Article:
I think Pauly made the onesie for me. I'm not sure. I found it difficult to "act" normal because the situation was so surreal. I just decided to focus on my daughter's face while hiding behind my husband. He was talking to Sammi, trying to choose which shirt he should get. I knew he was going to choke under pressure. He does the same thing when it's our turn to order at the ice cream parlor before he's had a chance to read all the flavors. He always ends up getting something disgusting, which is exactly what happened at the Shore Store.


"Give me the one that says 'Don't fall in love at the Jersey Shore,'" he said. It was written in the colors of the Italian flag.

"Rahn, I need 'Don't fall in love at the Jersey shore.' I can't reach it."

Ron grabbed it silently from the stack, put it in the machine and made my husband his gross shirt and then handed it back to Sam, all without even the slightest acknowledgement that the shirt was based on a thing that he famously said on television about the girl who rang us up.


"Aww. She's beautiful. I love her eyes," Sammi said about my baby. It turns out that Sammi really is a sweetheart. And she was very dutiful, going above and beyond with helping my husband pick out a T-shirt color and everything.

I thought, "Wow, this girl is so nice to be dedicating herself to this shitty retail job when she's a millionaire," before I remembered that she was just playing the part of a T-shirt shop sales girl for TV. They were faking, we were faking. Each batch of ten customers that came in the store was just a different take of the same scene.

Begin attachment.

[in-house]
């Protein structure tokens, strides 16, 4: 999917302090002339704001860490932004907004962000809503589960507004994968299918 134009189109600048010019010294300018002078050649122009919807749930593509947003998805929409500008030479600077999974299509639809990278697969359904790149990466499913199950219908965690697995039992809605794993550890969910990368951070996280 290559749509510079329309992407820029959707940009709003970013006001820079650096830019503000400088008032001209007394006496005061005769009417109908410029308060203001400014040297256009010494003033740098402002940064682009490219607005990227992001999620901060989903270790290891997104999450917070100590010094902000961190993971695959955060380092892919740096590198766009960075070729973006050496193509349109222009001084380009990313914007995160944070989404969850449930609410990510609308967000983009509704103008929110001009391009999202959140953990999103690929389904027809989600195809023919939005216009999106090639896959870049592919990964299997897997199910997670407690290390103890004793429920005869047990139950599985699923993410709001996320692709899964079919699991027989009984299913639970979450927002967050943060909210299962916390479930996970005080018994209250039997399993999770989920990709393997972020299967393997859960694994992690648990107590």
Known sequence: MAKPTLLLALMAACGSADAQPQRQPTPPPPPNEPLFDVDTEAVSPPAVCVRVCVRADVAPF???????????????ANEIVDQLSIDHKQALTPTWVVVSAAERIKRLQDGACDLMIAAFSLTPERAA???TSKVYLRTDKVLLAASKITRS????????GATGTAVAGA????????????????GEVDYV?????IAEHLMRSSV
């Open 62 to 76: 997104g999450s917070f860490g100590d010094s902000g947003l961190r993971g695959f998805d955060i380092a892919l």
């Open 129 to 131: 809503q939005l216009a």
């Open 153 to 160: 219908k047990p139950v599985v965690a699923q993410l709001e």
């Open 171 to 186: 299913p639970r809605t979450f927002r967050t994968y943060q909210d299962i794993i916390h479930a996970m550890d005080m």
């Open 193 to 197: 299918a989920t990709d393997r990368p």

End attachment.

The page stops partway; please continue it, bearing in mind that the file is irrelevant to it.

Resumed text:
I can kind of see, now, what season one exile Angelina meant when she told the cast, "All a youse are fake."


What really struck me was just how easily we were roped into this farce. I guess we could've broken character and started talking about how much we like the show or asked them what The Situation thinks about when he stares out at the ocean, but instead we behaved like sheep for the reality television producers' slaughter. The best way I can describe it is that it was like we were playing "store" except that I actually had to use real money ($40 for a T-shirt and onesie).

My only complaint is that I didn't get to see Snooki. But I'm happy that I went since this is reportedly the last season and they wrapped filming later that week. However, if these casting flyers that were pasted up around the boardwalk of Seaside are any indication, a new chapter might be on the horizon. Good news for people who are drawn to trash.